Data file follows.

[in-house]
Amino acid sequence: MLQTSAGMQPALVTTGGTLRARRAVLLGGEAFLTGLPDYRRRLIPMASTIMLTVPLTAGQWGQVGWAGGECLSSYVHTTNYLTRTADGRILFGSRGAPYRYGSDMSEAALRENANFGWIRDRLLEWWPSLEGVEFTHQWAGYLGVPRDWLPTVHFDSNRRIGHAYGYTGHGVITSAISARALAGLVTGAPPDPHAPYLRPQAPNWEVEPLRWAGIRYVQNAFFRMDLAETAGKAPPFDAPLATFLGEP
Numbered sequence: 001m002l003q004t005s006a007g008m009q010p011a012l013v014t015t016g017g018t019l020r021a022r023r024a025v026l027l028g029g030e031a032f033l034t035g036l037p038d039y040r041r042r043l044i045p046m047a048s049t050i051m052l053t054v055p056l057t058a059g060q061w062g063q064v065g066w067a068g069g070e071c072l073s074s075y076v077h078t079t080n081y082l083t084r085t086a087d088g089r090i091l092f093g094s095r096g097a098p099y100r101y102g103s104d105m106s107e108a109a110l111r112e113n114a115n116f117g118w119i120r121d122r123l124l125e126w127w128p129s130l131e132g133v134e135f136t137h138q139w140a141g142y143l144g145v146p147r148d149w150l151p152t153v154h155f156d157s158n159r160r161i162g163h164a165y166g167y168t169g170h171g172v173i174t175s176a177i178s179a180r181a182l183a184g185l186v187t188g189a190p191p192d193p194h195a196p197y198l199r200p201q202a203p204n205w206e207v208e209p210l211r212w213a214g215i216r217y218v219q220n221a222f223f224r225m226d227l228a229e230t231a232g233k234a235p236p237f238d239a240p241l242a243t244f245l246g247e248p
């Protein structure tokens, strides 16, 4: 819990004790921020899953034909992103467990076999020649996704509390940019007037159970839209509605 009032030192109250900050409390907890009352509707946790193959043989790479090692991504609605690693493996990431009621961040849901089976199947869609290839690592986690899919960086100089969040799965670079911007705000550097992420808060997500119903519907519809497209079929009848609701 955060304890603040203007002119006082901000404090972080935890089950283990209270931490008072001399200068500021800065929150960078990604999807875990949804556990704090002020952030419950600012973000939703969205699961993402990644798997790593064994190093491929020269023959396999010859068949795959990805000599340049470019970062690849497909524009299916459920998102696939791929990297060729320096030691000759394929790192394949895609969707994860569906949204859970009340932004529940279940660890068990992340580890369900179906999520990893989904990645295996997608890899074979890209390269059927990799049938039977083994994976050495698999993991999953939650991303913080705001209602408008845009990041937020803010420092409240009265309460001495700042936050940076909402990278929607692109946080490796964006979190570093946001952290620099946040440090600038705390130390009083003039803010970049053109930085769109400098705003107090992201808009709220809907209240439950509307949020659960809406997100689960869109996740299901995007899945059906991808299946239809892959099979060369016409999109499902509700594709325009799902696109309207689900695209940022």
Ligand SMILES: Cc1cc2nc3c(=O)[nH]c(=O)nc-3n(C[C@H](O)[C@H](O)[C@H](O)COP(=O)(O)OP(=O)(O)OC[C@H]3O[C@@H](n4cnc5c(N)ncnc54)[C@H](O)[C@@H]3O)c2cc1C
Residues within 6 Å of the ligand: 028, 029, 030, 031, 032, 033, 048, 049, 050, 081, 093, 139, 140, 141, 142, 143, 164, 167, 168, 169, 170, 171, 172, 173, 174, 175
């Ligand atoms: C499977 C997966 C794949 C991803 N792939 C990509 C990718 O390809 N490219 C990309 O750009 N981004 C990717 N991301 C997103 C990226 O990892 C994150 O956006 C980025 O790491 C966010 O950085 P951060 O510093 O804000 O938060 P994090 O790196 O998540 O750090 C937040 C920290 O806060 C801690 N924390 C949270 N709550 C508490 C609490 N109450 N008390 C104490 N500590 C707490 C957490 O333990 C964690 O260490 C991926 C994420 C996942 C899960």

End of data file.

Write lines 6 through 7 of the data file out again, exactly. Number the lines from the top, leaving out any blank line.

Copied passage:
Residues within 6 Å of the ligand: 028, 029, 030, 031, 032, 033, 048, 049, 050, 081, 093, 139, 140, 141, 142, 143, 164, 167, 168, 169, 170, 171, 172, 173, 174, 175
């Ligand atoms: C499977 C997966 C794949 C991803 N792939 C990509 C990718 O390809 N490219 C990309 O750009 N981004 C990717 N991301 C997103 C990226 O990892 C994150 O956006 C980025 O790491 C966010 O950085 P951060 O510093 O804000 O938060 P994090 O790196 O998540 O750090 C937040 C920290 O806060 C801690 N924390 C949270 N709550 C508490 C609490 N109450 N008390 C104490 N500590 C707490 C957490 O333990 C964690 O260490 C991926 C994420 C996942 C899960």